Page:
Sens bidder Neko Sparks met with western Quebec First Nation

Members of Kitigan Zibi Anishinābeg are meeting with multiple groups bidding to own the Ottawa Senators to discuss a potential partnership, CBC News has learned.

Chief Dylan Whiteduck says Kitigan Zibi Anishinābeg open to meeting with all groups that bid on team

neko sparks looks at camera
Neko Sparks, a producer based in Los Angeles, led one of the bids to own the Ottawa Senators in 2023. (Michel Aspirot/CBC)

Members of Kitigan Zibi Anishinābeg are meeting with multiple groups bidding to own the Ottawa Senators to discuss a potential partnership, CBC News has learned.

Chief Dylan Whiteduck confirmed he met with the group behind the bid led by Los Angeles-based producer Neko Sparks and rapper Snoop Dogg on Monday morning.

Representatives from the First Nation are also scheduled to meet with at least one other bidder later this week, Whiteduck said.

He said there is no formal agreement at this point and the First Nation is happy to meet with all groups bidding for the NHL team.

"I think there's a great opportunity for our nation and our community to become strategic partners and we're not closing the door on any groups at this point in time," said Whiteduck.

"Hopefully we'll see where this goes in the next couple weeks." 

On Monday, Snoop Dogg wore a Senators jersey while in a video posted to his Instagram account. In the video, he gave a "shout-out to the First Nations of Canada."

"We tryna do something. We tryna make a difference," he said in the video.

Snoop Dogg says First Nations have joined his Sens bid in Instagram video

5 months ago
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In a video posted to his Instagram page Monday, rapper Snoop Dogg gave a "shout out to the First Nations of Canada," not naming any specifically, before rapping his pitch to own the team.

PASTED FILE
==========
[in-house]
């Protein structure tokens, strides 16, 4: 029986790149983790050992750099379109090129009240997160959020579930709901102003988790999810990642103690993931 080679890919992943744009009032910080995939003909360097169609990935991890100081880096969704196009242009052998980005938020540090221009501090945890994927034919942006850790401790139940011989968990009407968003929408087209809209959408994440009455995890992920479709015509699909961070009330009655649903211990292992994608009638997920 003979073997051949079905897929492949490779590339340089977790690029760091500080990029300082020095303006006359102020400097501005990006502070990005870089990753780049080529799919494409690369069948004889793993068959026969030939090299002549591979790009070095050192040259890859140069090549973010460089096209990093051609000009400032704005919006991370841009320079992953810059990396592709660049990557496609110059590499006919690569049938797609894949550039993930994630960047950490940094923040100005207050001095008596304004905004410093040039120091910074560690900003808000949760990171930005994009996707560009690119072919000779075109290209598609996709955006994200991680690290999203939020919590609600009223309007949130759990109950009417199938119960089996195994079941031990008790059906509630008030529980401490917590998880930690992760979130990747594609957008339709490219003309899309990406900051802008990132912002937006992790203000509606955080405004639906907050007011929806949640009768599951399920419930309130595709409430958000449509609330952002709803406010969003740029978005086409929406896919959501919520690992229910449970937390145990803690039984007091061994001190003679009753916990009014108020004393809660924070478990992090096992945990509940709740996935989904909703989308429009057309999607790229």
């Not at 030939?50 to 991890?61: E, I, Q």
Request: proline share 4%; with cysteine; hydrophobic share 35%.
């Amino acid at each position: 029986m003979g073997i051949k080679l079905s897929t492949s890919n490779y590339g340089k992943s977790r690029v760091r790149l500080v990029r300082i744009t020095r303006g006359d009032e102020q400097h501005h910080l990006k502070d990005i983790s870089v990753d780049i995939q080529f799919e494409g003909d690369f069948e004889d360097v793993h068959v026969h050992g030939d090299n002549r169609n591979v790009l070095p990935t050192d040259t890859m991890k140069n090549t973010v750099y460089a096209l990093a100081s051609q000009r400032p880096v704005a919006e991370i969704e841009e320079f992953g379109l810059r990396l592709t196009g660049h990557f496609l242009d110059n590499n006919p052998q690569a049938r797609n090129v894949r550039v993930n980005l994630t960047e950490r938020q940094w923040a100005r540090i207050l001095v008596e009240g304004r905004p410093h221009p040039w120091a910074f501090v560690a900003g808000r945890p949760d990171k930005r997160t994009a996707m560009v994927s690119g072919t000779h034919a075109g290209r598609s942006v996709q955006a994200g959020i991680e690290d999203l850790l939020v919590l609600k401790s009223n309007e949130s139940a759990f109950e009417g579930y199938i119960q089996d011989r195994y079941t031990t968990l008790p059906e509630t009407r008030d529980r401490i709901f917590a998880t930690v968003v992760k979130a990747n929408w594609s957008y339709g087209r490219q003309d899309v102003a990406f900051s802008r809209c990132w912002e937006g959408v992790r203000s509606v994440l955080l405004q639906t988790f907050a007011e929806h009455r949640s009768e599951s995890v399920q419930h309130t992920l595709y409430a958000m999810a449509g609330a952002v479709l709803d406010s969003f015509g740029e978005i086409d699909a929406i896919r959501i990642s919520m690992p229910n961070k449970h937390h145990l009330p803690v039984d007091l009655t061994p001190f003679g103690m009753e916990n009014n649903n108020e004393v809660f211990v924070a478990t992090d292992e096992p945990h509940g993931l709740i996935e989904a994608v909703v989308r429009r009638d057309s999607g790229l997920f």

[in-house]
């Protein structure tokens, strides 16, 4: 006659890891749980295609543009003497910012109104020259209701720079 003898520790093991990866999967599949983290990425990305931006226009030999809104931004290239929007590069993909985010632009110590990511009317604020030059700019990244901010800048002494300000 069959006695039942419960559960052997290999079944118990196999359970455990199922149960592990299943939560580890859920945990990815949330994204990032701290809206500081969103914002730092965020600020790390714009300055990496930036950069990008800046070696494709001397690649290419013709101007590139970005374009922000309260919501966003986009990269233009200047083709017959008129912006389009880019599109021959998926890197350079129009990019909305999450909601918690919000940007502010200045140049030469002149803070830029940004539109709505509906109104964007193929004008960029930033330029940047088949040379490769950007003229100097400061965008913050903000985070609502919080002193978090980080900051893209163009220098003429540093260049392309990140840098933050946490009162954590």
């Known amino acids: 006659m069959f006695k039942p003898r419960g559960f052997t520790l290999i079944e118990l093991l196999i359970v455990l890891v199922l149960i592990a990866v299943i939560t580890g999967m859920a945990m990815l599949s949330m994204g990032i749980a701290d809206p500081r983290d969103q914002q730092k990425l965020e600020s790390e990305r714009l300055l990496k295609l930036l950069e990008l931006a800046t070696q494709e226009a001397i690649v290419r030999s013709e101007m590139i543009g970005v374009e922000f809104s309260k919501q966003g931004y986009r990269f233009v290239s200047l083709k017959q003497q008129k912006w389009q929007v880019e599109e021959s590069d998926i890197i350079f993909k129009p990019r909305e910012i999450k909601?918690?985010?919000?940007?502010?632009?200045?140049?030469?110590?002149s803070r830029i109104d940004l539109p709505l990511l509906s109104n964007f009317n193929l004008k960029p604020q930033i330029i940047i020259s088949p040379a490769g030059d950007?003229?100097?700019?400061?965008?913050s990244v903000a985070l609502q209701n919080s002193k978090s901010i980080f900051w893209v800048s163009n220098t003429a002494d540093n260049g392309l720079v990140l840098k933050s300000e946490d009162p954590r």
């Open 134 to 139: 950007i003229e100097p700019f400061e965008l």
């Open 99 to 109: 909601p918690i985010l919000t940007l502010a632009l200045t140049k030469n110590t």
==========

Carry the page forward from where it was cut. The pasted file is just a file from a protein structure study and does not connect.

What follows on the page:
Not known if bidder met with other First Nations

The rapper didn't provide the names of any First Nations in the video and it's possible the group met with others beside Kitigan Zibi.

Greg Sarazin, chief of the Algonquins of Pikwakanagan in eastern Ontario, would neither confirm nor deny any discussions with groups bidding on the Senators.

Sarazin said the First Nation was "interested in any economic opportunities that benefit our community." 

"We take all opportunities seriously and we do our due diligence when we do that," he told CBC.

Kitigan Zibi Anishinabeg Chief Dylan Whiteduck.
Kitigan Zibi Anishinabeg Chief Dylan Whiteduck says 'it's about time' First Nations are involved in major business opportunities around sports. (Jean-François Poudrier/Radio-Canada)

A member of the Algonquin Anishinabeg Tribal Council confirmed a letter was sent to Galatioto Sports Partners, the New-York based firm retained by Senators Sports and Entertainment to handle the sale of the team.

The letter expressed interest in partnering with the new owner but the council has not met with any bidding groups.

Questions remain around how First Nations could partner with the group behind the successful bid, including exactly what shared ownership would look like. Whiteduck still said "it's about time" for such an arrangement.

"I think there's been a lot of opportunities where First Nations and Native Americans across North America could have been strategic partners with sports developments," he said, adding this could be a "stepping stone." 

The Senators have been for sale since November 2022 and the deadline for binding bids was the end of business day on Monday. A new owner is expected to be announced in the coming weeks. 


Nicole Williams is a journalist for CBC News based in Ottawa. She has also worked in P.E.I. and Toronto. She is part of the team that won a 2021 Canadian Association of Journalists national award for investigative journalism. Write in confidence to

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